Whilst the conflict between Georgians and Abkhazians has contributed to icy relations, local organisations on the ground have an important role to play in rebuilding trust.
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By Tamar Lagurashvili
The 1992-93 war in Abkhazia lasted for 13 months, led to the fall of its capital city Sukhumi and resulted in hundreds of thousands internally displaced persons (IDPs). It was the most recent outbreak in a long conflict that has caused much bloodshed in the post-Soviet era. In the aftermath, the prospects of reconciliation between Abkhazians and Georgians seemed elusive.
Rethinking the trust and peacebuilding process after twenty-three years of the conflict, we are confronted with different narratives. These are exemplified by the claims of the Georgian sovereignty and territorial integrity on the one hand, and the statements of self-determination by the Abkhazians strongly encouraged by the official Kremlin on the other.
Self-determination is a paradox in the sense that Abkhazian economy is far from being self-sufficient and is heavily reliant on Russian financial assistance, which makes up a considerable part of the state budget. Between 2005-2013 such assistance amounted to RUB 17 billion ($260 million). Most was given as a loan, thus creating a trade-off between Russian and Abkhazian authorities.
Abkhazia with South Ossetia became a partially recognised republic in the Caucasus as the president of the Russian Federation Dmitry Medvedev declared its independence in the aftermath of the Russo-Georgian war in August 2008.
Taking into account that Abkhazia’s independence has been recognised only by Venezuela, Nicaragua and Nauru, it is obvious that the international community strongly supports Georgia’s territorial integrity and deems that both sides should ensure swift and secure repatriation of the IDPs in the Gali district, which was almost entirely populated by ethnic Georgians (Mingrelians) in the pre-war period.
Memory of history plays an important role in shaping the identity of modern-day Abkhazians, which not only causes the cultural alienation, but develops a feeling that the co-existence of Georgians and Abkhazians is no more possible. While part of such narrative is determined by externally driven factors, efforts to restore the neighbourly relations between two ethnically similar peoples are beginning to take place on the ground.
Peace from the grassroots
The role of youth on both sides in the peace negotiating process is of vast importance. Within the framework of the European Council on Foreign Relations project Life in the Grey Zones, the living conditions and vision of reconciliation has been studied in seven breakaway regions in the Post-Soviet space, including the voices of young Abkhazians. According to the accounts, it becomes obvious that while their perception of Georgians is very much defined by the narrative of their parents and the ongoing propaganda, most of them have limited opportunity to receive quality education and find a proper job in Abkhazia, thus having to emigrate to Russia.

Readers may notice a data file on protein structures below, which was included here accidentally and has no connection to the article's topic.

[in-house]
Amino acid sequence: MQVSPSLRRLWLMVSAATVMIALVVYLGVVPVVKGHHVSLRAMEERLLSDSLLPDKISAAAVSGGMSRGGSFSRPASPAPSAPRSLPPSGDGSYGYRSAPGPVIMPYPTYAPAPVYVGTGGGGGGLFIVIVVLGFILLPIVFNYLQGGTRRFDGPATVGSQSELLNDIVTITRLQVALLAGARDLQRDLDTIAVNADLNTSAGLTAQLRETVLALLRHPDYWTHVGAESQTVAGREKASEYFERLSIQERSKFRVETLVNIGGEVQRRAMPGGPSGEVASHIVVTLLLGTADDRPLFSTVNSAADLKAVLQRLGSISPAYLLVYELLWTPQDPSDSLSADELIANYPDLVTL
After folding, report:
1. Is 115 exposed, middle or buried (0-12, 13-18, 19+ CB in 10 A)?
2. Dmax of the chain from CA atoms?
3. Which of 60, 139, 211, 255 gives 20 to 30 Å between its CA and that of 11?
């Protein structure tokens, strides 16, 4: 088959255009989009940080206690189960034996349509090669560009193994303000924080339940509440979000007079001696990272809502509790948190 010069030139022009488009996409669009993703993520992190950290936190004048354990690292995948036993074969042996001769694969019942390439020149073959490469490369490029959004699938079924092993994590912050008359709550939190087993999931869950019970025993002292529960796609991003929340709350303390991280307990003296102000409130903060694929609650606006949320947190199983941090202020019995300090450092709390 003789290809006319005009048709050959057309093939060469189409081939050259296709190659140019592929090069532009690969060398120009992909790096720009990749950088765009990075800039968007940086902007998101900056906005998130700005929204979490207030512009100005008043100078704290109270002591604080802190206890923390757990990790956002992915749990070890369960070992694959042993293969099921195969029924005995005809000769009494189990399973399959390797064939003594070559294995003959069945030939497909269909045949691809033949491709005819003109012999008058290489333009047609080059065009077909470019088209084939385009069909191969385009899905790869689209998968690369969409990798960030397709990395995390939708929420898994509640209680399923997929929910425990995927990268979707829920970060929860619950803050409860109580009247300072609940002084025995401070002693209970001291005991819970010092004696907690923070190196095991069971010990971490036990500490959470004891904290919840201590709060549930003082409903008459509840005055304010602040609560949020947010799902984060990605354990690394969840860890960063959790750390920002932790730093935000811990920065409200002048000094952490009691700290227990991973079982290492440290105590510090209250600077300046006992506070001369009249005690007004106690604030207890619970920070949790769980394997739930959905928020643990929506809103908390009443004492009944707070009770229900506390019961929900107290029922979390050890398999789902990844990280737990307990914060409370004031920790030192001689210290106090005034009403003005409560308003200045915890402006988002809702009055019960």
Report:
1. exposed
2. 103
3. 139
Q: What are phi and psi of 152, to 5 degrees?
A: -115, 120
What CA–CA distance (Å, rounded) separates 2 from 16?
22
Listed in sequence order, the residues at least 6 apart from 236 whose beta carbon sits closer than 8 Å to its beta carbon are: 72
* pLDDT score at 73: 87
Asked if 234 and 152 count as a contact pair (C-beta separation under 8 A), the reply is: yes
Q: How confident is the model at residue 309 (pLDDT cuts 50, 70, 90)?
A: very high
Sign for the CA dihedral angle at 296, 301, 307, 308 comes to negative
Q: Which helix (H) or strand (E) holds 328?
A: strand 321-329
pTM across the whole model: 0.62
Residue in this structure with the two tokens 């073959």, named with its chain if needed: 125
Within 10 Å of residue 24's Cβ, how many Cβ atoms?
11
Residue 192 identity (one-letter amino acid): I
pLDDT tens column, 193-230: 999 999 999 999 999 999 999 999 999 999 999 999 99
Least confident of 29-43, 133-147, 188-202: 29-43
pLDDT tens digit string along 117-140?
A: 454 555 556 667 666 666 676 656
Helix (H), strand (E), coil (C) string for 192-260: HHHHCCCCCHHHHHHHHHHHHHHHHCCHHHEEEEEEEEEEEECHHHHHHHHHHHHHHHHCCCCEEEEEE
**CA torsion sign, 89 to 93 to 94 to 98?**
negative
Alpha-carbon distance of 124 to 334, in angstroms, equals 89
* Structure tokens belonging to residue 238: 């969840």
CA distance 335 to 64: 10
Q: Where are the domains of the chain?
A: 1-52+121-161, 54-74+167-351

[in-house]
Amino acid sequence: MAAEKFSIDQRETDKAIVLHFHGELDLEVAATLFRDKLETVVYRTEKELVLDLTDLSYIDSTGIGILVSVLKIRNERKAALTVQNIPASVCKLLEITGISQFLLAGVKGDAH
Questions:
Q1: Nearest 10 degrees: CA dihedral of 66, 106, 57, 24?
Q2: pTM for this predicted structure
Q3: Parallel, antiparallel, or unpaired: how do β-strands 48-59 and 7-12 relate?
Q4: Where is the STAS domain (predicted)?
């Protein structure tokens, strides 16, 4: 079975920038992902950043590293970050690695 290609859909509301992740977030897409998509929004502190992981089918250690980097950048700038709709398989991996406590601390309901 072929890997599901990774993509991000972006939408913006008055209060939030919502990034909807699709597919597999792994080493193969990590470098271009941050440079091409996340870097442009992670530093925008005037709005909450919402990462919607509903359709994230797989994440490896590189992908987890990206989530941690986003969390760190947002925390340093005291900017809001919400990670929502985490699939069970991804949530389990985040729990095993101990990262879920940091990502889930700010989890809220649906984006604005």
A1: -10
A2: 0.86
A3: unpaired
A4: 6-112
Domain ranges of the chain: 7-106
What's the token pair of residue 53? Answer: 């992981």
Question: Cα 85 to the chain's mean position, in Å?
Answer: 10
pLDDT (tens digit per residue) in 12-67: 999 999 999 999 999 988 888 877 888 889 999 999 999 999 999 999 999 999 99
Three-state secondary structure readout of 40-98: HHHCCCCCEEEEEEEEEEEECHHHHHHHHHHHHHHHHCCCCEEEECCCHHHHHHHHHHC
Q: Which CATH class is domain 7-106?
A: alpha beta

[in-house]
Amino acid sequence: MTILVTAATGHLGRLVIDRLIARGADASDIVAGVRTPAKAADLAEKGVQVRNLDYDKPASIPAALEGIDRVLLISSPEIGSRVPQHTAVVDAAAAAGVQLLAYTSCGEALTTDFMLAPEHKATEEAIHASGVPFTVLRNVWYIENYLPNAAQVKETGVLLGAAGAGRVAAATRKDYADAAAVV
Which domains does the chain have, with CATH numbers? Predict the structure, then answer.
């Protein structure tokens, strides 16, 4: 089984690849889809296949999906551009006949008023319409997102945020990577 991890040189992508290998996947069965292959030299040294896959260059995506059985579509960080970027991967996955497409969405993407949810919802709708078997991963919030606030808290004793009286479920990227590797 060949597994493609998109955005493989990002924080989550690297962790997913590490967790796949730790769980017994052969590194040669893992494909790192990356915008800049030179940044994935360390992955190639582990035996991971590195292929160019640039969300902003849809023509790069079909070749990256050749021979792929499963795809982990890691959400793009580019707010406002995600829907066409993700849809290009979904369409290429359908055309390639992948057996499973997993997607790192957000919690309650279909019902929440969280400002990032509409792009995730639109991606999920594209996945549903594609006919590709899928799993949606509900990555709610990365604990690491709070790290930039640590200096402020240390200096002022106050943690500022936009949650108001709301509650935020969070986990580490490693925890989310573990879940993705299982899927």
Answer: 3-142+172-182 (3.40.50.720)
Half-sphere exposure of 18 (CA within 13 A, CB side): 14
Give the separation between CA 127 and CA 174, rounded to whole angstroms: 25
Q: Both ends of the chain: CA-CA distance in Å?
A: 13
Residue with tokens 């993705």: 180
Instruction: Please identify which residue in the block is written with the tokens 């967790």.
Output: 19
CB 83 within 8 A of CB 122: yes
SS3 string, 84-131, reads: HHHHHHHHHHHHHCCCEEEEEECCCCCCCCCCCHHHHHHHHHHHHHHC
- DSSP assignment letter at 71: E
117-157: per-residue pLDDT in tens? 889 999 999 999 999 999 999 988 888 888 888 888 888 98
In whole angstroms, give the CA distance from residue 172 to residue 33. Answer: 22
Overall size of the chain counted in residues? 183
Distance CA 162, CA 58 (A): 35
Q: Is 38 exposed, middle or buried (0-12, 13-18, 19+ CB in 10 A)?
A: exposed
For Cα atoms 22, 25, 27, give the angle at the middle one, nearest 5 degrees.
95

Grassroots organisations are beginning to bridge the gap between Abkhazians and Georgians. In 2005, non-governmental organisations working on the Georgian-Abkhazian conflict urged the former President of Georgia, Mikhail Saakashvili, to nurture a brand new approach. This would defy the outdated “Reconcile with me or I will punish you” approach which threatened that in the case of failing peaceful negotiations, resorting to military actions would have been justified.
With an active campaign by NGOs and civil society organisations, a new programme was worked out which aimed to create a package of benefits which would attract Abkhazians and contribute to normalising relations.
Since this initiative hundreds of Abkhazians have crossed the border in emergency to receive high quality treatment in Georgian hospitals for free. Several initiatives have taken place for the purpose of stabilising relations, some of them were profoundly controversial like the campaign “Sorry”, through which the Georgians apologised to their Abkhazian counterparts.
While this campaign was dismissed due to the claims that Georgians don’t really have anything to apologise for, now much of energy is engaged in the newly emerged social initiative of “МШИБЗИА” which means greeting in Abkhazian. The youth intend to collect 8000 photos on the social network bearing this word in order to emphasise that during 8000 days there has not been decent communication between Abkhazians and Georgians.
Georgian-Abkhazian relations are seemingly in stalemate, particularly following the de-facto independence proclaimed and supported by Moscow making it clear that the relationship is vastly affected by the external factors. Still, steps to rebuild trust and build peace by civil society should not be disregarded and in many cases can trigger initiatives undertaken by the government to bring Abkhazians and Georgians closer together.
Tamar Lagurashvili is an MA student of Democracy and Governance at the University of Tartu. Tamar’s research interests include conflict management in the post-Soviet area, reconciliation studies in the post-conflict period and pre-colonial informal institutions in Sub-Saharan Africa.
This article was originally published by Insight on Conflict and is available by clicking here. The views expressed in this article do not necessarily reflect those of TransConflict.